In a 12-hour negotiating session, GM Korea and its labor union today reached a tentative agreement that freezes hourly workers’ wages and bonuses and reduces fringe-benefit liabilities for the current year.
The money-losing General Motors subsidiary had threatened to file for bankruptcy if a deal including a wage freeze was not reached by Friday, April 20. The agreement was the key to a turnaround and restructuring plan demanded by the parent company and the Korea Development Bank, which owns 17% of GM Korea.
The automaker demurred after talks were held Saturday and resumed today. After the agreement was announced, the GM Korea board halted plans to vote Monday on filing for bankruptcy protection.
“It was a dramatic day,” says GM Korea spokesman Haeho Park. “There were no sessions held on Sunday, but from 5 a.m. Monday both sides launched negotiations and a tentative agreement was reached at 5 p.m. after 12 intense hours.”
A statement released by the company says a ratification vote by members of the Korea Metal Workers Union will be held Wednesday and Thursday, April 25-26.
“The labor union has demonstrated its commitment, and we continue to work with our other key stakeholders to gain their support,” GM Korea CEO Kaher Kazem is quoted as saying in the statement.
The GM Korea Branch of the KMWU issued no statements after the tentative agreement was announced. Union officials also declined to participate in a news conference following the final negotiating session.
During the weekend members of the Korea Development Bank, the National Assembly, the Ministry of Employment and Labor and other Korean government agencies held separate meetings with management and union officials which were not an official part of the negotiations.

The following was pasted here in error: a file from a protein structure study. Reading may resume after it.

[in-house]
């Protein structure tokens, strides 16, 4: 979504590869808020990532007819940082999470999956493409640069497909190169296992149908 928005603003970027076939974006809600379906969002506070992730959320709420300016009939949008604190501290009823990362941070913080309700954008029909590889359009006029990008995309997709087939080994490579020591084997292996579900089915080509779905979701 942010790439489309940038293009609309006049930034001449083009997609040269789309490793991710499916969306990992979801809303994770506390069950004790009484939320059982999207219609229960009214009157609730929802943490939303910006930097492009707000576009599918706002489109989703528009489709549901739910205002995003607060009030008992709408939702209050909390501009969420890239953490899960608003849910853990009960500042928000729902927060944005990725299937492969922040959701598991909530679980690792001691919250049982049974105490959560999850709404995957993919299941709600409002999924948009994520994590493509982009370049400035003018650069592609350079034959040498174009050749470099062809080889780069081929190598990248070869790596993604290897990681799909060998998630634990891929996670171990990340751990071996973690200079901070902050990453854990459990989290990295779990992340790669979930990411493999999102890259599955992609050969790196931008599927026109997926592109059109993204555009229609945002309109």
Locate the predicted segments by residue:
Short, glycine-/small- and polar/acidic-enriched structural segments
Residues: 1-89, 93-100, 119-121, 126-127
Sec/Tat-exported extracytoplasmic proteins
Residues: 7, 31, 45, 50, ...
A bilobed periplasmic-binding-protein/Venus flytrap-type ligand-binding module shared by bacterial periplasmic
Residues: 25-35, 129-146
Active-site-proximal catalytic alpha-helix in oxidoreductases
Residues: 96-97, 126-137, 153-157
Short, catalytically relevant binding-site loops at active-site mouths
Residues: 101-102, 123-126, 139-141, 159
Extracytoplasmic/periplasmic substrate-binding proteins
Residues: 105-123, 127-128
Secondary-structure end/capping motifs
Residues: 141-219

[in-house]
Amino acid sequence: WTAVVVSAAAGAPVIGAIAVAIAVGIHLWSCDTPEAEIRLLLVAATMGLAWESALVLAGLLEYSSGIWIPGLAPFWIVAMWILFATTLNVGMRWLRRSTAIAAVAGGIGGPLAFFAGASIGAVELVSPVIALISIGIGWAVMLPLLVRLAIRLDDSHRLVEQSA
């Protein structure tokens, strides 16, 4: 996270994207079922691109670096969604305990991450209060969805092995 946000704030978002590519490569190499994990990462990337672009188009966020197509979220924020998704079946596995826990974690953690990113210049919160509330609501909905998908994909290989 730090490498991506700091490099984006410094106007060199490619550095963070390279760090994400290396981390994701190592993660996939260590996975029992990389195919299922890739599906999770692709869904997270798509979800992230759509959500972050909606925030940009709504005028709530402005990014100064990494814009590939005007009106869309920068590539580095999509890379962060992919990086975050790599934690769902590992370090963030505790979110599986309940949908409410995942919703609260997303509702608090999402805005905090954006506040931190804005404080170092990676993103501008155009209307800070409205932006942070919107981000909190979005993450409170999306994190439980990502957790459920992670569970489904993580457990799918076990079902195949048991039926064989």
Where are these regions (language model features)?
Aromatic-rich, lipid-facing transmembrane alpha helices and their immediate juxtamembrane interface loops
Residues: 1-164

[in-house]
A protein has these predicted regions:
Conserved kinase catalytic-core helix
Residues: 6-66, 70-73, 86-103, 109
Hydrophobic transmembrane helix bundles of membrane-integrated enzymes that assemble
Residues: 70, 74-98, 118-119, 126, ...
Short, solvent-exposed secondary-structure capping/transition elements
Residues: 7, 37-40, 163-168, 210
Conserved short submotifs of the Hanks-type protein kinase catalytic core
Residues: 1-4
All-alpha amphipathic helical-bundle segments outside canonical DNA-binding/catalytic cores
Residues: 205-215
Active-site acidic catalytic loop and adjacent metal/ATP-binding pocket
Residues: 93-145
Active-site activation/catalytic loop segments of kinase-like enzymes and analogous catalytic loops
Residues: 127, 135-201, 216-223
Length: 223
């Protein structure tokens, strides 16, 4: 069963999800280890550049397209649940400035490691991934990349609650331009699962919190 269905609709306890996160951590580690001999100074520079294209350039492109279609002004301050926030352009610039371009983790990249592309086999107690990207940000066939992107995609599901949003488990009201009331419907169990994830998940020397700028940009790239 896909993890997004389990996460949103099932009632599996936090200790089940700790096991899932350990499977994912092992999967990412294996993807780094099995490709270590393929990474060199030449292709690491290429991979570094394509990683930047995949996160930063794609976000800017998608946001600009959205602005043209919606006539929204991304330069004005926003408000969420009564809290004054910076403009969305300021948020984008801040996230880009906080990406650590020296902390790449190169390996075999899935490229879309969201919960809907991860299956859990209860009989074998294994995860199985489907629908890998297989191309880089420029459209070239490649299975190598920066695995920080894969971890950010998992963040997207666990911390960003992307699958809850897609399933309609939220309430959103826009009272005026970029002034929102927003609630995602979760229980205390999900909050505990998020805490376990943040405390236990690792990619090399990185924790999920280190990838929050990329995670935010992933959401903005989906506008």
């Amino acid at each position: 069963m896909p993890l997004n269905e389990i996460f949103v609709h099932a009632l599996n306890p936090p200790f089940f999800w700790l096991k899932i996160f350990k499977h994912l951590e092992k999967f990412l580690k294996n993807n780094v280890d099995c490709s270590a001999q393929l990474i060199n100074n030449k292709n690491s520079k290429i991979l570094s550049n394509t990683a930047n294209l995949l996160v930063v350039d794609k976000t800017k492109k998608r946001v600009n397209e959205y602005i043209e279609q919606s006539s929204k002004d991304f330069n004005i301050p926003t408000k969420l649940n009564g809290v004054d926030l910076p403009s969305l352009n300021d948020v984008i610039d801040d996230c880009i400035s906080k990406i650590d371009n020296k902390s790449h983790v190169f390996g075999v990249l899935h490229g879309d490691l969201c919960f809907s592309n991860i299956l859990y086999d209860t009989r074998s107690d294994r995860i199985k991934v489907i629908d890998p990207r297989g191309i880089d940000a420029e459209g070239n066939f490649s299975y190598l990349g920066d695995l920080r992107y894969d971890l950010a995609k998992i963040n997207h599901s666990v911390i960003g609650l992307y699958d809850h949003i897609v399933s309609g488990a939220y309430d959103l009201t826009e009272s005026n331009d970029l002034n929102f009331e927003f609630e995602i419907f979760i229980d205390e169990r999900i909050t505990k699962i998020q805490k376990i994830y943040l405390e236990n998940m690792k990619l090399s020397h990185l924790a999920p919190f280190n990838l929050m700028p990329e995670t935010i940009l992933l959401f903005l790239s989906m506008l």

Park notes the unusual role played by National Assemblyman Hong Young-pyo, who represents the Bupyeong district where GM Korea headquarters is located and is a senior member of the ruling political party and chair of the party’s GM Korea Task Force.
“Congressman Hong really did a lot working with labor and management,” the GM spokesman says. “He did not sit at the bargaining table but he met separately with CEO Kaher Kazem and the union chairman often to narrow the gap between the parties during the negotiations.
“The company is in a very serious cash flow situation and has been pushed to the edge of a bankruptcy filing,” Park reiterates. “The labor union agreement really saved the company from the crisis and sets a pathway for a viability plan to be supported by the Korean government and the Korea Development Bank.”
Bank Chairman Lee Dong-gull said last week due diligence will be completed by the end of April to determine whether it is feasible to provide GM Korea with interim and new financing.
A thorny issue had been job guarantees for 680 of the 2,600 workers at the assembly plant in Gunsan, which will be shuttered next month as a first move in restructuring the company.
GM Korea successfully resisted the KMWU’s demand for the workers’ job continuity. The union accepted management’s earlier promise that it would disperse the workers through a combination of early optional retirement packages and job transfers to other plants. The other 1,920 Gunsan workers already have filed for early retirement packages which provide lump-sum wage settlements and continuation of some fringe benefits.
The peaceful resolution of negotiations is viewed with caution by some analysts, as there is no guarantee union members will support the tentative agreement. During part of the negotiations GM banned executives from traveling to GM Korea properties because of concerns about possible union volatility.
After union members ransacked CEO Kazem’s offices following the seventh round of negotiations on April 6, the union signed a pledge not to cause further damage and to negotiate peacefully.
– Reuters contributed to this report.